The Western Church in the Middle Ages

The early medieval church became a source of religious and political power. In 1000-1215 A.D. the economy of western Europe was expanding rapidly and the church took advantage of this opportunity to gain authority. The church was able to expand upon this growing economic power with great reformed minded popes who wanted to restore the papacy to the grandeur they believed it held in an ancient past and be a definite force in European Politics. They did this by means of coercion among the laity, by creating loyalty within the ranks of the ecclesiastical hierarchy, and by establishing a moral superiority over European kings. As they accomplished this the Popes were able to create a religious and political system that ruled over a large portion of the known world.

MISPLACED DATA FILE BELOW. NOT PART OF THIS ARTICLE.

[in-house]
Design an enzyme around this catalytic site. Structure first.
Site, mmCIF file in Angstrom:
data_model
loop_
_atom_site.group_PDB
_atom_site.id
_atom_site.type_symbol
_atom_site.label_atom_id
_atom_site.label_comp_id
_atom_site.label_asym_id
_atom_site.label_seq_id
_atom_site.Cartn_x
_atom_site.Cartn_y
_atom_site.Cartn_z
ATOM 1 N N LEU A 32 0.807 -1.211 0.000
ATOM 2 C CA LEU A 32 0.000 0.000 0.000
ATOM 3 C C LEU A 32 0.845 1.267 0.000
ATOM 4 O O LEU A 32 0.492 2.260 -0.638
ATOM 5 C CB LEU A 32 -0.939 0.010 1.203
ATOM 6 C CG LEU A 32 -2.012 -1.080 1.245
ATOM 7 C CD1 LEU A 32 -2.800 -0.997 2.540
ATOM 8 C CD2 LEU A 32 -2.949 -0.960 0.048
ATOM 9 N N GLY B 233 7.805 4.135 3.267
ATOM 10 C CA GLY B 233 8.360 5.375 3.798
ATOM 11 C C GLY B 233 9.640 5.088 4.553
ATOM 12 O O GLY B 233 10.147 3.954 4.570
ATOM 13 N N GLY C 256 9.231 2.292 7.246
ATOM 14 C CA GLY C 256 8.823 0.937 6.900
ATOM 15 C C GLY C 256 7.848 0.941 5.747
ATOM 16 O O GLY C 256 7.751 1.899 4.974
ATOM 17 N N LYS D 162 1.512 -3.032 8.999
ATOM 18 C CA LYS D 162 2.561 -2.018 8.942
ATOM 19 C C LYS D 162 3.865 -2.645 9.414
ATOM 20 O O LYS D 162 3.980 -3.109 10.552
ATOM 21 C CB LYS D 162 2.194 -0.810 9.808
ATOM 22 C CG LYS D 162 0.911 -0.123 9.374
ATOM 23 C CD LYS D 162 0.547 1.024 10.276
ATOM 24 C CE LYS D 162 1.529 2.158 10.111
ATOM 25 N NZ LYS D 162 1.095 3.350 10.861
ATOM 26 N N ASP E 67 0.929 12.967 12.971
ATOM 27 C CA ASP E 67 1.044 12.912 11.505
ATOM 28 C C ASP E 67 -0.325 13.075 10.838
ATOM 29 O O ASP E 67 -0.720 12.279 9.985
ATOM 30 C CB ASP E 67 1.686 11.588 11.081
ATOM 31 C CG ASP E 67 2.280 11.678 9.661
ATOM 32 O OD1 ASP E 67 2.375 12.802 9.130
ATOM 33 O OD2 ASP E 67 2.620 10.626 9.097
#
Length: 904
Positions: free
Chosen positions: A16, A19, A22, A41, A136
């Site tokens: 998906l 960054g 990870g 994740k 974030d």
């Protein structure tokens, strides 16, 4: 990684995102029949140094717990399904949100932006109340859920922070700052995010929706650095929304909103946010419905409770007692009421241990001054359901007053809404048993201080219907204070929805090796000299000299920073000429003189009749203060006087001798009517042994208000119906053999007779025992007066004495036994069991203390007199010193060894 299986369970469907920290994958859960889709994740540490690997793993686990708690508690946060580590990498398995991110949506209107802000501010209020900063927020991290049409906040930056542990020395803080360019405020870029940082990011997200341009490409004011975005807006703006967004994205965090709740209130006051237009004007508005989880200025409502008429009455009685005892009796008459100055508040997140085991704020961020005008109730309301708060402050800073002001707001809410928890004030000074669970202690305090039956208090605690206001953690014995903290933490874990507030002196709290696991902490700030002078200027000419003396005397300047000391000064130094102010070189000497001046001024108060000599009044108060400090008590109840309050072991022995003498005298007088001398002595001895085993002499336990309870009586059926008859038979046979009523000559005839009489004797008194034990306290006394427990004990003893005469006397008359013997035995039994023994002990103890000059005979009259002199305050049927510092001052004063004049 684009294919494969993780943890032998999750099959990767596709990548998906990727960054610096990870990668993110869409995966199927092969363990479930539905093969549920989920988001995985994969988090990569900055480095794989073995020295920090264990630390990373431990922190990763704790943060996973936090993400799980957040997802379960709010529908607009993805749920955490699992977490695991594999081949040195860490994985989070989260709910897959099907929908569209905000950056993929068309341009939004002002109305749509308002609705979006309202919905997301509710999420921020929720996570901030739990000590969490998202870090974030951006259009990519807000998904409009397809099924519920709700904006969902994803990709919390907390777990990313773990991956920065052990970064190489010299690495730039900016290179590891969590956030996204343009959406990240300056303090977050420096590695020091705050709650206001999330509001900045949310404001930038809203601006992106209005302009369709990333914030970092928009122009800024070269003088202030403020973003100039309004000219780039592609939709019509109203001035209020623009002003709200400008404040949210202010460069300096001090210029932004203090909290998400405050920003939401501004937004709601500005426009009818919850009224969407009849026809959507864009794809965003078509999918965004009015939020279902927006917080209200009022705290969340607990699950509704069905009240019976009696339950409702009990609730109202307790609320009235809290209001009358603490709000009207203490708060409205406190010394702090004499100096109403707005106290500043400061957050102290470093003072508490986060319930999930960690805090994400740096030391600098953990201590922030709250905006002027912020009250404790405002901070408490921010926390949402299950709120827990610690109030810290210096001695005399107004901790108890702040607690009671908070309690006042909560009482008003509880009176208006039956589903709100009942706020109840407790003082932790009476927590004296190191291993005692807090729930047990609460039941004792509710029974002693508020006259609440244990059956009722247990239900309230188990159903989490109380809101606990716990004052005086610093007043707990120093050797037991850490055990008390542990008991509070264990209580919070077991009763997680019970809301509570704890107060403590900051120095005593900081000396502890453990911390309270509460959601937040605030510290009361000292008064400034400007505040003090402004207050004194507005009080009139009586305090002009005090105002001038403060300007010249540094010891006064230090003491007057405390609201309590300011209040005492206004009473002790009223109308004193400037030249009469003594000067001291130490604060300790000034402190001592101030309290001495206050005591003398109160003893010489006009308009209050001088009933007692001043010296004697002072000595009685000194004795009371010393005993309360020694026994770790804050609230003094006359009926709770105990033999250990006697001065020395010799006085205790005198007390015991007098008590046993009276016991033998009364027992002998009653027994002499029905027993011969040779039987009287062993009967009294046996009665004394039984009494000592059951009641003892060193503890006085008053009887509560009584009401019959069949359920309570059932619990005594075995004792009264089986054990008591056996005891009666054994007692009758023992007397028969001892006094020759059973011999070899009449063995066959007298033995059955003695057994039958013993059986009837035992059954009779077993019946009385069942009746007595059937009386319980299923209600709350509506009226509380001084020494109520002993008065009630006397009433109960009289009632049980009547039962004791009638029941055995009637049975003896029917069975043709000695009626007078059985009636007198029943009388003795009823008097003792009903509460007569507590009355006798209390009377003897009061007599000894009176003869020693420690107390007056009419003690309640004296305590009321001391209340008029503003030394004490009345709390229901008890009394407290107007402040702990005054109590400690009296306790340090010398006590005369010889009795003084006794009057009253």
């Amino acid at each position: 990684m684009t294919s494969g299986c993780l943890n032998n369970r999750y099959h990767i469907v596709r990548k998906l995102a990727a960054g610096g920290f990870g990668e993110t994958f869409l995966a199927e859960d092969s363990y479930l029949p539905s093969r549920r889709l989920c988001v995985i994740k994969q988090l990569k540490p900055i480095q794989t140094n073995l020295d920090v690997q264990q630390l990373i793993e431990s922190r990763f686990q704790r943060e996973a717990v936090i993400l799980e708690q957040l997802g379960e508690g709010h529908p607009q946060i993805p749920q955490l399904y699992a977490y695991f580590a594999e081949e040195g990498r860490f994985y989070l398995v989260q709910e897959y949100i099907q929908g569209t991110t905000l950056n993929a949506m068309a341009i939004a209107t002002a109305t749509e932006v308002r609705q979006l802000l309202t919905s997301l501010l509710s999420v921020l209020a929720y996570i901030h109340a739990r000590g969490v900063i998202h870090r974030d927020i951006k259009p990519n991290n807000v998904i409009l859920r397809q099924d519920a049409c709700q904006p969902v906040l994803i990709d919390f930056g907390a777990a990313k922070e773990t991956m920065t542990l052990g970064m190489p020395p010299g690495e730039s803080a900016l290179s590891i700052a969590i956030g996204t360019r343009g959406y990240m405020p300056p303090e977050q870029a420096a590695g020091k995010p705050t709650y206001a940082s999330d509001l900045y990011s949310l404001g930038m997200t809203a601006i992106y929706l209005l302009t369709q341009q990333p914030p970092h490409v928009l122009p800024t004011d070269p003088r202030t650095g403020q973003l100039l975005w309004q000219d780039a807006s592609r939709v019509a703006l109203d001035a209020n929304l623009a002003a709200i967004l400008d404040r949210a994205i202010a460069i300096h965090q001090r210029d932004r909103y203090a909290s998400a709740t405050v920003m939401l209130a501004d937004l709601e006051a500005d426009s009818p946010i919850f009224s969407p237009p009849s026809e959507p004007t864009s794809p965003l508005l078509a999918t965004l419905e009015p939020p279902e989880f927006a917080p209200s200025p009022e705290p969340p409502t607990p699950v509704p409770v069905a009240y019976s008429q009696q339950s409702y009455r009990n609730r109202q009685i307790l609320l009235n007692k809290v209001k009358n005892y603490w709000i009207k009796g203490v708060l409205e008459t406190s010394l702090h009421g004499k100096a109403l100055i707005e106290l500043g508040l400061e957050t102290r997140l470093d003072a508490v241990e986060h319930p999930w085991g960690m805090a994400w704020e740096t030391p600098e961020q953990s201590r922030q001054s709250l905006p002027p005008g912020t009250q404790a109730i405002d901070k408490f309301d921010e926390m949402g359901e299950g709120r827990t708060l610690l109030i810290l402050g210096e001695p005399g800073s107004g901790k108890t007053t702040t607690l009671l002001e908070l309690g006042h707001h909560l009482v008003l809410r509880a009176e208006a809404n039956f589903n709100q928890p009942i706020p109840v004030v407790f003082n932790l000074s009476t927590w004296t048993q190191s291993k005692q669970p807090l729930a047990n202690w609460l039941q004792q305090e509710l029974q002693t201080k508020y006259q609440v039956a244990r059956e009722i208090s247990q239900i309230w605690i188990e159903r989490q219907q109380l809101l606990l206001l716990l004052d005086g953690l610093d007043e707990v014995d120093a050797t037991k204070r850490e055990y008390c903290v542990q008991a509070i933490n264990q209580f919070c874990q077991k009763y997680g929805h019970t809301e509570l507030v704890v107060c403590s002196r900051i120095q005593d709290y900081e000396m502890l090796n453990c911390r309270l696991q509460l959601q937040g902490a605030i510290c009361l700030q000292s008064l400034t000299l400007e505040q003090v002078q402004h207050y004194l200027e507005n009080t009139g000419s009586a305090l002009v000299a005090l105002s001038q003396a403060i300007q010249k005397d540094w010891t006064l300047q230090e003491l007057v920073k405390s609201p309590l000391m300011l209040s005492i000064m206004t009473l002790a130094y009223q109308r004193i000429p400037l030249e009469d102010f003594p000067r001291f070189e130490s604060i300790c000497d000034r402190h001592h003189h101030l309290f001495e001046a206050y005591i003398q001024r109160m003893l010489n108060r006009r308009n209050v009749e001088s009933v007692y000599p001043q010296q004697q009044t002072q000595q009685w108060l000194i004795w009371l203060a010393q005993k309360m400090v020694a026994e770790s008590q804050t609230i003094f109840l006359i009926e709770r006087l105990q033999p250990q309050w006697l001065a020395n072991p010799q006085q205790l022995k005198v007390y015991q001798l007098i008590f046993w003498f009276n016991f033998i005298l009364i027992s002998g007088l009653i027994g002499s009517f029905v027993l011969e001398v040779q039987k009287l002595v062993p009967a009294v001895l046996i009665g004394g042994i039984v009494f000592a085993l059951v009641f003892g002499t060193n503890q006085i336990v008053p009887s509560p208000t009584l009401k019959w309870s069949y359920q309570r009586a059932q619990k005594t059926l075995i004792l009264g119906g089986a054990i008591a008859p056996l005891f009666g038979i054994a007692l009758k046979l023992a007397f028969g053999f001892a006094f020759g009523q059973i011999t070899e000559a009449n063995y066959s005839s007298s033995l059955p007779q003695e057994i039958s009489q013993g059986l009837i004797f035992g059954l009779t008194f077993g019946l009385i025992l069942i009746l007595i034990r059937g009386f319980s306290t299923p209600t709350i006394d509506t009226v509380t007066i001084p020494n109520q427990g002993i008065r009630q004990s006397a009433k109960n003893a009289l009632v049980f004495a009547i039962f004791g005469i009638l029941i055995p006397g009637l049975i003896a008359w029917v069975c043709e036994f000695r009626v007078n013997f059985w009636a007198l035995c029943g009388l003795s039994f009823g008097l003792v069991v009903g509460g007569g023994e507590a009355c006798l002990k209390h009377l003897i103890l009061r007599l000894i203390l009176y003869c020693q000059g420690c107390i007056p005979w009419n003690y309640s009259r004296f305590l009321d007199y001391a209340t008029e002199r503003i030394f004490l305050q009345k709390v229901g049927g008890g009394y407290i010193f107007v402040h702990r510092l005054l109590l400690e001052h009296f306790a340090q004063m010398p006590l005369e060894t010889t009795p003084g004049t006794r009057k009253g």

The expansion of western society meant the expansion of the western church. During the early medieval period the church and society were one. Neither could be changed without the other undergoing a similar transformation. The identification of the church with the whole of organized society is a fundamental feature which distinguishes the middle ages from earlier and future periods of history. At this time the western church had firmly established itself as separate from the Christian church in the east after the East-West Schism of 1054. So the church in western Europe was able to hone in on the changes that were happening within its own society, see the opportunity for growth, and establish authority.